Preventing scalds and burns
To help prevent dangerous situations in the home that could lead to scalds and burns, read the following tips:
- Have a “kid-free zone” of at least 1 metre around the stove.
- Turn pot handles away from the stove’s edge.
- Before placing a child in a bathtub, test the water — the water should feel warm, not hot.
- Teach children to stay away from hot things because they burn; help them identify things that can be hot and things that are cool.
- Keep matches, lighters, and other heat sources away from children. Teach young children to tell a grown-up if they find these items and to never touch them.
- If a child gets a burn, treat it right away by running it under cool water for 3 to 5 minutes and seek medical attention for serious burns.
Visit sparky.org to help children learn more about fire safety through games and activities. A parent/guardian page for more helpful information is also provided.
With the onset of winter weather, give yourself extra travel time to get to and from where you need to go. Be sure to leave extra distance between yourself and other vehicles, and drive according to the road conditions. Don’t forget, passing snow ploughs is not recommended — be patient and give them space to clear our roads, making them safe for all of us.
It’s always a good idea to keep an emergency roadside safety kit in your vehicle — blankets to keep warm, a phone charger, and a collapsible shovel. It is also recommended to keep your gas tank at least half full to help prevent moisture from condensation, and in case you get stuck waiting for a tow in bad weather.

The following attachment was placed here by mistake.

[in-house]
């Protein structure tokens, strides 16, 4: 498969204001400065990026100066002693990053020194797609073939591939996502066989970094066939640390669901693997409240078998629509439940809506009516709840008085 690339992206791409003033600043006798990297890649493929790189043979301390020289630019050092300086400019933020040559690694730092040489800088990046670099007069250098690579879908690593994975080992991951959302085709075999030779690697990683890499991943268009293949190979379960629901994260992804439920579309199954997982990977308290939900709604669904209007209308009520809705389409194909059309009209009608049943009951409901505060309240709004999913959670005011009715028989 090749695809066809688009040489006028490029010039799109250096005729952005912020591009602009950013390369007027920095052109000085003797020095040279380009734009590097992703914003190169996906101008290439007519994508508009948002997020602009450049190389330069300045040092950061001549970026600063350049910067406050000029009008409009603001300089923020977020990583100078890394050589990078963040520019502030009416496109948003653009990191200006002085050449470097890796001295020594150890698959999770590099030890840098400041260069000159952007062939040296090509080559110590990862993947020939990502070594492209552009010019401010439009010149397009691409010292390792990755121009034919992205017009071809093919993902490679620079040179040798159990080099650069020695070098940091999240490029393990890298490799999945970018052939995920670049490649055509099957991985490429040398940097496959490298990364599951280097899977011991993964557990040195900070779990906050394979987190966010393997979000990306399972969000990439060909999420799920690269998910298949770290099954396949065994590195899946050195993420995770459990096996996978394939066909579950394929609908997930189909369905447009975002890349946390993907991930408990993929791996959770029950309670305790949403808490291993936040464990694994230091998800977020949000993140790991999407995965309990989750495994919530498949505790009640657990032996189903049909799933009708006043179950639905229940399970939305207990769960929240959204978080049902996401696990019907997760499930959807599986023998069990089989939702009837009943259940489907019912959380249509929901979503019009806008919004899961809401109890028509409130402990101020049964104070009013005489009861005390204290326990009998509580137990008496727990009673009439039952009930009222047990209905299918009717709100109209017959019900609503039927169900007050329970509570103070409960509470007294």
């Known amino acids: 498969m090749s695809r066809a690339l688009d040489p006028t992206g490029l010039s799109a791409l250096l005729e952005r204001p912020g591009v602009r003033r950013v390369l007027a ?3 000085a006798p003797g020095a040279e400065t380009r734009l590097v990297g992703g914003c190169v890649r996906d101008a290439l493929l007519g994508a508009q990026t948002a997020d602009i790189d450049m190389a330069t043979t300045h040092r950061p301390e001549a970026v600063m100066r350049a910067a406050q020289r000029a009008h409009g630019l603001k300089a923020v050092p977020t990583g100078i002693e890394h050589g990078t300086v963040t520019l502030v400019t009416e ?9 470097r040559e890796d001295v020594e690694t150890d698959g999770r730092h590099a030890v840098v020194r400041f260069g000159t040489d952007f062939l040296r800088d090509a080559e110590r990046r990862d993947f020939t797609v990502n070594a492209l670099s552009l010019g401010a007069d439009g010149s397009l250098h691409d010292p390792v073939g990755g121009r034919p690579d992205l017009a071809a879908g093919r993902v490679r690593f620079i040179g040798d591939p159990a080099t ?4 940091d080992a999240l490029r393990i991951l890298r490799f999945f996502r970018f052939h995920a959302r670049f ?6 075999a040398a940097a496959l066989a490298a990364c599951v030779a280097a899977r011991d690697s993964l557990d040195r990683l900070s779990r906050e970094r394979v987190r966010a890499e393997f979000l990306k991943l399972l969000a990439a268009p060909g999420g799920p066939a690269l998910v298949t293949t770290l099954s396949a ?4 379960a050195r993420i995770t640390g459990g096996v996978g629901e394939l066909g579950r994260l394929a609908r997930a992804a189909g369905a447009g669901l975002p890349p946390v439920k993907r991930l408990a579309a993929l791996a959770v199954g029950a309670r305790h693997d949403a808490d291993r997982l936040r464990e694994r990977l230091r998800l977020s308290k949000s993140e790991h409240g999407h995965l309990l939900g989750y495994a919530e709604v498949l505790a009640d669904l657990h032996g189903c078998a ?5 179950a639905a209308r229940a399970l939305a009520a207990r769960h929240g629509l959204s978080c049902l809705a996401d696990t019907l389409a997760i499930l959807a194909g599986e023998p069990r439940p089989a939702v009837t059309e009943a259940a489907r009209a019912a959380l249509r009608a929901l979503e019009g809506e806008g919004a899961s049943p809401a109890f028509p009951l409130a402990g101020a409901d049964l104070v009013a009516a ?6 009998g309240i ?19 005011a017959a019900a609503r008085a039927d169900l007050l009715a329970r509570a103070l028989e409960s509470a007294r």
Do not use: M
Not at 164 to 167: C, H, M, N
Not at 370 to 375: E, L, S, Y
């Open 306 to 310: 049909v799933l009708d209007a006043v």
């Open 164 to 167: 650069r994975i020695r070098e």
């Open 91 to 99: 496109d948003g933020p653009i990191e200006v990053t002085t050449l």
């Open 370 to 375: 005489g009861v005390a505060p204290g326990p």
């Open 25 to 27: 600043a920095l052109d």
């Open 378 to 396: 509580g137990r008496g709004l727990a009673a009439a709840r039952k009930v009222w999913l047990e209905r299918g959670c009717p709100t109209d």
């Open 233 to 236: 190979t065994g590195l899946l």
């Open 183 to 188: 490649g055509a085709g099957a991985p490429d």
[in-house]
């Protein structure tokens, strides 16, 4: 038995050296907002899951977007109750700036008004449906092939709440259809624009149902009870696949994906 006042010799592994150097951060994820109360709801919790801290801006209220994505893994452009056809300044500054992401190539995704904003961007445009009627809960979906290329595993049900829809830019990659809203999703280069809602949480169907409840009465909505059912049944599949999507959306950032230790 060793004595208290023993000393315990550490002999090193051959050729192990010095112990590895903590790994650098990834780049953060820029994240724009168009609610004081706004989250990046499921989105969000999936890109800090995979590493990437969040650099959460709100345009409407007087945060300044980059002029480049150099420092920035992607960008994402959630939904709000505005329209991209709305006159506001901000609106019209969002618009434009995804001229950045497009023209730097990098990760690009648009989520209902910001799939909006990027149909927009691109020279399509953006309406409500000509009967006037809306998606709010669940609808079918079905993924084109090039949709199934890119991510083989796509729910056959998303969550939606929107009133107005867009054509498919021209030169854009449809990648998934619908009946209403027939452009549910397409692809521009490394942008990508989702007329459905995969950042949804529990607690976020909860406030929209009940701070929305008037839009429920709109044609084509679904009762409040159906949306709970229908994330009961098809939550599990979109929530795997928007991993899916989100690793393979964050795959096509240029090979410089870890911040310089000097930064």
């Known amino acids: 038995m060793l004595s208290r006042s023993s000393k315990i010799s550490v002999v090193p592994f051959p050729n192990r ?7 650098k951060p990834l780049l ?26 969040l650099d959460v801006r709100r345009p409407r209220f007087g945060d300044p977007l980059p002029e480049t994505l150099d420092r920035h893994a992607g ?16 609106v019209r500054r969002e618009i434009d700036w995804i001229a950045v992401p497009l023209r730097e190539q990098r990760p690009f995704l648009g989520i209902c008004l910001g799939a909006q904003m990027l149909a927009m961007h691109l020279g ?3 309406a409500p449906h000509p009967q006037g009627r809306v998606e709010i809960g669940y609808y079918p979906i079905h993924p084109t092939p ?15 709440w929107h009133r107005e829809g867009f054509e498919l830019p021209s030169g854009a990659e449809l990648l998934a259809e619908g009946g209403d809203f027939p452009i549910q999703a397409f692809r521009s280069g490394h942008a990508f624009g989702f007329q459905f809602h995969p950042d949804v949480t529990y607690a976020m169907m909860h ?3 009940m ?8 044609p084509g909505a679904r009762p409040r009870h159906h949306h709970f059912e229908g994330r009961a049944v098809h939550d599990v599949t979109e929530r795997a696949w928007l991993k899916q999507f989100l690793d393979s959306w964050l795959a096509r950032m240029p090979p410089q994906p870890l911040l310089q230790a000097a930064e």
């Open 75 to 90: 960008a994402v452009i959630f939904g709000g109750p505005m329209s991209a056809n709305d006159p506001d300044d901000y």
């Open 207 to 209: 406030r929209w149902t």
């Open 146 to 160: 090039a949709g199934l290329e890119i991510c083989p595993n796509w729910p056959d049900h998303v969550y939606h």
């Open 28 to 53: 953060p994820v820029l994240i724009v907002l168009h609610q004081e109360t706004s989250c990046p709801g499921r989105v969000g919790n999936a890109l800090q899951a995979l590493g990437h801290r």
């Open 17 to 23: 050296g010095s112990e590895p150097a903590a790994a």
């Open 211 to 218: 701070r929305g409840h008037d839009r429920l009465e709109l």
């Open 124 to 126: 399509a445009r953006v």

For more information on winter driving tips and preparation, visit Ontario’s Winter Driving page.
Help your child get the benefits of sleep
A well-rested child is better able to solve problems, learn new information, and enjoy the day. Children aged 5 to13 years old need nine to 11 hours of quality sleep each night. Teenagers aged 14 to17 need eight to 10 hours. Help them get the sleep they need with these tips:
- Set a consistent wake-up time and bedtime (even on weekends).
- Create a relaxing bedtime routine that includes reading, taking a bath, or listening to music.
- Set up a sleeping space that is cool, dark, and quiet.
- Keep TVs, electronics, and cell phones out of your child’s bedroom — they interfere with natural sleep cycles.
If your child has difficulties staying asleep, talk to your healthcare provider. To learn more visit Sick Kids’ Sleep Tips page.
Movement and physical activity
The past year has looked different for everyone. There have been a number of changes to the way that we go about everyday activities, and for many of us, our use of screens and technology has been higher than ever before. While technology can be a great tool to keep us connected and occupied, it often results in extra time spent sitting and not engaging in physical activity. As parents/guardians, it is important for us to help our children get active. By encouraging our children to move, we are not only promoting healthy living, we are also supporting them to prevent and manage mental health challenges, increase memory, build problem-solving skills, and boost self-esteem. Let’s get moving! For parents/guardians of young kids, check out TVO Kids’ Power Up video.